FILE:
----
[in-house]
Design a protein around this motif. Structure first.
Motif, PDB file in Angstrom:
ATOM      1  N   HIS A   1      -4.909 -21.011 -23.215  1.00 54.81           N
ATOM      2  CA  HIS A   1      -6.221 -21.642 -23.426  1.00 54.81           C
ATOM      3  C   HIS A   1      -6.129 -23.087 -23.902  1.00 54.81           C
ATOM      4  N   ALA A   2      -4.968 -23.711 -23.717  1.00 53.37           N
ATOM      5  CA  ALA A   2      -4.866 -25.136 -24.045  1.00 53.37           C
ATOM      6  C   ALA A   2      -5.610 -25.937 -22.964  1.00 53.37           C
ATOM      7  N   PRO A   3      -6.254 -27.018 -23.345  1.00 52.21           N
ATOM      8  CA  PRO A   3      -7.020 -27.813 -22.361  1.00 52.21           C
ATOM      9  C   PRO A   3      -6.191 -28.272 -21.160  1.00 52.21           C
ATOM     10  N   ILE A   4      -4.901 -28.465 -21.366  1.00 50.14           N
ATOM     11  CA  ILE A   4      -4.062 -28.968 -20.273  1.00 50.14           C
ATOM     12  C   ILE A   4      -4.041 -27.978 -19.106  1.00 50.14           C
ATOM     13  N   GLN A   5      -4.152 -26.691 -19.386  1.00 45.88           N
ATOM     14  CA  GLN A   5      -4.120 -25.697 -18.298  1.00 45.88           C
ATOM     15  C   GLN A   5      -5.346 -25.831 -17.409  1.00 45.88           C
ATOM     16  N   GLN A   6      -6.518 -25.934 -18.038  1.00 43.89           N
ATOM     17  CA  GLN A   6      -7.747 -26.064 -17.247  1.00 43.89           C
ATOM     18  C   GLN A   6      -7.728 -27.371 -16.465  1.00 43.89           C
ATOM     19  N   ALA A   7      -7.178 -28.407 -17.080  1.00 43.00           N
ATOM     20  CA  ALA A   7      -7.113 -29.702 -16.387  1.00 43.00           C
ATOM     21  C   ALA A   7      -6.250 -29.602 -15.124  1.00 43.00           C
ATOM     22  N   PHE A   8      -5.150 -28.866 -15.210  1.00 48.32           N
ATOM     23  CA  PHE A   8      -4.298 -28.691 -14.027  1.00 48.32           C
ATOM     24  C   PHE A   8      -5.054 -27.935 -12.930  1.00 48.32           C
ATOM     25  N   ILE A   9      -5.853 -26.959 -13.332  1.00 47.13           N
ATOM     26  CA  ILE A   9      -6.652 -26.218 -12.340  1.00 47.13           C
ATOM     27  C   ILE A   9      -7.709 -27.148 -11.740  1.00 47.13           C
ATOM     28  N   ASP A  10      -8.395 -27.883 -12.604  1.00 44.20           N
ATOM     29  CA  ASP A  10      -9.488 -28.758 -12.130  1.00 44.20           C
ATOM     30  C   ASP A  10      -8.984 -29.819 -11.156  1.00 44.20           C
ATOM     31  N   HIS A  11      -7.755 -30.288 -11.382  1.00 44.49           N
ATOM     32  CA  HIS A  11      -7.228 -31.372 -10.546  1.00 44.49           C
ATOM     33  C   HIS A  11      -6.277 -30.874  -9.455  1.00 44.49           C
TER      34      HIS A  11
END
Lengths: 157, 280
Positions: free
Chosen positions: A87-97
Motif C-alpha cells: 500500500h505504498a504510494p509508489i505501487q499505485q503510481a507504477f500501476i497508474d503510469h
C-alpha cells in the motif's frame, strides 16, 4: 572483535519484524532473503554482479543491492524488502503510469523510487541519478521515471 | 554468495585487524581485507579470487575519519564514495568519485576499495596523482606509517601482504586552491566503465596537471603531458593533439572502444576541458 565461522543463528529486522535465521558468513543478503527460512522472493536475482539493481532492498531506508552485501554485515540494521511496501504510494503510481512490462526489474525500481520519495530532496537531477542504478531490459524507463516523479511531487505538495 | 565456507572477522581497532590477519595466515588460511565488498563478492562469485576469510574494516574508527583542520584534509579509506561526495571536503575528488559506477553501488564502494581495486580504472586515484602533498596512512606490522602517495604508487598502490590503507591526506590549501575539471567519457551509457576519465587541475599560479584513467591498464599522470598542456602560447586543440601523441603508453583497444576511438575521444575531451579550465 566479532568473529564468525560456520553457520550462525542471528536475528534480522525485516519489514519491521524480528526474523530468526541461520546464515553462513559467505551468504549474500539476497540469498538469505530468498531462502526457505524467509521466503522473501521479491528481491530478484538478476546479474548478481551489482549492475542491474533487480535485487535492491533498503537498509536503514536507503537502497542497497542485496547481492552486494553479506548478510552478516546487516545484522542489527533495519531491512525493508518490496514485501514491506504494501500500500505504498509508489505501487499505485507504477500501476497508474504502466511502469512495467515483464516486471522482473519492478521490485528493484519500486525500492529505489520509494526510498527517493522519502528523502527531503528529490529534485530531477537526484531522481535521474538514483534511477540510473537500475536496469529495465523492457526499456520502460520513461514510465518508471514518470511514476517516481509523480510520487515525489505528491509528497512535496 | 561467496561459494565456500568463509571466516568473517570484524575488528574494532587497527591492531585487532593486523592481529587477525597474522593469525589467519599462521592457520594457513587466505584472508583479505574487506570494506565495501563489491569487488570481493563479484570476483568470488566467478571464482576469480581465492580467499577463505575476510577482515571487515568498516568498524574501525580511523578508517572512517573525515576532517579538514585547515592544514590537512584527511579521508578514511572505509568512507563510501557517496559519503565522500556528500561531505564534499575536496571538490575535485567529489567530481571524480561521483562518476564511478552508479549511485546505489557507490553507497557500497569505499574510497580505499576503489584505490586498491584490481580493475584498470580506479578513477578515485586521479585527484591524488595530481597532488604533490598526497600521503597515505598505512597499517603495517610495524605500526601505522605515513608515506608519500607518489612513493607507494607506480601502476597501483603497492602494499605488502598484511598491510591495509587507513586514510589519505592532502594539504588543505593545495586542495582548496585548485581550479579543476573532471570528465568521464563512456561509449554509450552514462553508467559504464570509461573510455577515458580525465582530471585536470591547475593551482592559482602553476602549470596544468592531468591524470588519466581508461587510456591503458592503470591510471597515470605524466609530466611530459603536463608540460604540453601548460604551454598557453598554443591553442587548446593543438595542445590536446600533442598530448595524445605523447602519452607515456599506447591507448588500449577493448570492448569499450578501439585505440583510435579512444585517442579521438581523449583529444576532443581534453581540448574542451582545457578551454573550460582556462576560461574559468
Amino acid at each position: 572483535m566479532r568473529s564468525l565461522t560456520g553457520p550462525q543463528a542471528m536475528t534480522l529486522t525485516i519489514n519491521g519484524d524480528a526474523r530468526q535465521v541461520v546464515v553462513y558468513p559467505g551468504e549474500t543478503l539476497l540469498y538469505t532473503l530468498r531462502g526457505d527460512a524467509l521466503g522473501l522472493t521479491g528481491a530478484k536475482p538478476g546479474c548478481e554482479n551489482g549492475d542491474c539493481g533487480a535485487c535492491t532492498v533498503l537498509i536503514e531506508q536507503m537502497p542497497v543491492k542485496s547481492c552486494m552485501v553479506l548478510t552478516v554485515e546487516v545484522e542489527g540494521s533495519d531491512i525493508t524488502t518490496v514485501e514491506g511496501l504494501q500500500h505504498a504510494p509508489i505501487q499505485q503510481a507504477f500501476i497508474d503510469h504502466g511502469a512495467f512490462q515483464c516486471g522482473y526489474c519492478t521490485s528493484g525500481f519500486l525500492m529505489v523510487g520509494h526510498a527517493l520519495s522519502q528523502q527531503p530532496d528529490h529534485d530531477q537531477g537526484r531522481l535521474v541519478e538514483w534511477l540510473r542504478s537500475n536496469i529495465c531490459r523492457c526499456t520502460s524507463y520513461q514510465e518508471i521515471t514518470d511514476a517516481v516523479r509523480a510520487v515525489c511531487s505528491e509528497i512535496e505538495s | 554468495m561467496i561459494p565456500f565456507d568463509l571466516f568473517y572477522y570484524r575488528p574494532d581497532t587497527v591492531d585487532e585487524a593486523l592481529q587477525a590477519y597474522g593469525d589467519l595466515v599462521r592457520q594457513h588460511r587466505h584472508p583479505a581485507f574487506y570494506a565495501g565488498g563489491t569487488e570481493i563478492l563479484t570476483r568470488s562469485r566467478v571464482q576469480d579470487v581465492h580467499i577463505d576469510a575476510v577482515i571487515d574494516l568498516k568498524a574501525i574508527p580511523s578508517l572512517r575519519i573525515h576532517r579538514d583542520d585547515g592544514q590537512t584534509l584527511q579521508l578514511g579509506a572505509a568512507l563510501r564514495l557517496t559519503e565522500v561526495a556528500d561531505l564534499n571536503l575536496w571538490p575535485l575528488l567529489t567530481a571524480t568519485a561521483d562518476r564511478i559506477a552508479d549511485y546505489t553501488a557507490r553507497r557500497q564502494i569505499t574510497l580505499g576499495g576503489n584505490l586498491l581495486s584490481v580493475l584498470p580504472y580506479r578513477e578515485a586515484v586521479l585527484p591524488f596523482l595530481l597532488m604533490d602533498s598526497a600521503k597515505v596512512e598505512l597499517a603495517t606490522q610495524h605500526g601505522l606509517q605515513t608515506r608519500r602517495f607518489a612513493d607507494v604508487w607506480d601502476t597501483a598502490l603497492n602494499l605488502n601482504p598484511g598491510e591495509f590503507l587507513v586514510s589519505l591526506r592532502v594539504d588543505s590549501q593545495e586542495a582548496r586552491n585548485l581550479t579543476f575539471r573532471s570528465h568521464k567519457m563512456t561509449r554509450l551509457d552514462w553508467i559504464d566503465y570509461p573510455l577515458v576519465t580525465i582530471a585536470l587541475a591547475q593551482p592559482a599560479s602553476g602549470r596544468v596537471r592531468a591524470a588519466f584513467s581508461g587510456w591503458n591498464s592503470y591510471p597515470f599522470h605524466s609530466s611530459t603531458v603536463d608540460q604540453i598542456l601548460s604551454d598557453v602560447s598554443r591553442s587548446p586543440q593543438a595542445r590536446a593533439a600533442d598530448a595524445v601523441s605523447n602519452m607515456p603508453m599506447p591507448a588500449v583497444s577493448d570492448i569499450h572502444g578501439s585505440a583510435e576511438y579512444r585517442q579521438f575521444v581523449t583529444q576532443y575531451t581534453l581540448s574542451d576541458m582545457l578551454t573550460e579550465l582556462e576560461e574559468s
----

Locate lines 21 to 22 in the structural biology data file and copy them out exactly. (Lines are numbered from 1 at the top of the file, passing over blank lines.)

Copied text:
ATOM     18  C   GLN A   6      -7.728 -27.371 -16.465  1.00 43.89           C
ATOM     19  N   ALA A   7      -7.178 -28.407 -17.080  1.00 43.00           N